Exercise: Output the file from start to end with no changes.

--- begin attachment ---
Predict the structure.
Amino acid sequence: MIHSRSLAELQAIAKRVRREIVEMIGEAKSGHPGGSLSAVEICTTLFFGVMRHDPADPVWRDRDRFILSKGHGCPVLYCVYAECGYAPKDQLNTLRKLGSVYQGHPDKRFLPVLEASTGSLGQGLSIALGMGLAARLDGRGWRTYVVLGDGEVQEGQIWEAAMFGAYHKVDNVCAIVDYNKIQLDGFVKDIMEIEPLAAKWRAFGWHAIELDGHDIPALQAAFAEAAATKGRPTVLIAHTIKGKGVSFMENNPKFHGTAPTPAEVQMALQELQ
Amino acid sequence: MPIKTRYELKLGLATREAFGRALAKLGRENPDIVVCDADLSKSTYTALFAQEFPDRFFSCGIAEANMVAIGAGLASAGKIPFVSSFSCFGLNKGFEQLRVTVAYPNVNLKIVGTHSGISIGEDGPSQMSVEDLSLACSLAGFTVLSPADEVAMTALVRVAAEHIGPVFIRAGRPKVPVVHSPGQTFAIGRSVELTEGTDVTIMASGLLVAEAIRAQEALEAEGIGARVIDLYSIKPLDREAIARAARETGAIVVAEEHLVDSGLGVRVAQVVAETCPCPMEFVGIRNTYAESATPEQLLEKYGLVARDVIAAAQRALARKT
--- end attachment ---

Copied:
Predict the structure.
Amino acid sequence: MIHSRSLAELQAIAKRVRREIVEMIGEAKSGHPGGSLSAVEICTTLFFGVMRHDPADPVWRDRDRFILSKGHGCPVLYCVYAECGYAPKDQLNTLRKLGSVYQGHPDKRFLPVLEASTGSLGQGLSIALGMGLAARLDGRGWRTYVVLGDGEVQEGQIWEAAMFGAYHKVDNVCAIVDYNKIQLDGFVKDIMEIEPLAAKWRAFGWHAIELDGHDIPALQAAFAEAAATKGRPTVLIAHTIKGKGVSFMENNPKFHGTAPTPAEVQMALQELQ
Amino acid sequence: MPIKTRYELKLGLATREAFGRALAKLGRENPDIVVCDADLSKSTYTALFAQEFPDRFFSCGIAEANMVAIGAGLASAGKIPFVSSFSCFGLNKGFEQLRVTVAYPNVNLKIVGTHSGISIGEDGPSQMSVEDLSLACSLAGFTVLSPADEVAMTALVRVAAEHIGPVFIRAGRPKVPVVHSPGQTFAIGRSVELTEGTDVTIMASGLLVAEAIRAQEALEAEGIGARVIDLYSIKPLDREAIARAARETGAIVVAEEHLVDSGLGVRVAQVVAETCPCPMEFVGIRNTYAESATPEQLLEKYGLVARDVIAAAQRALARKT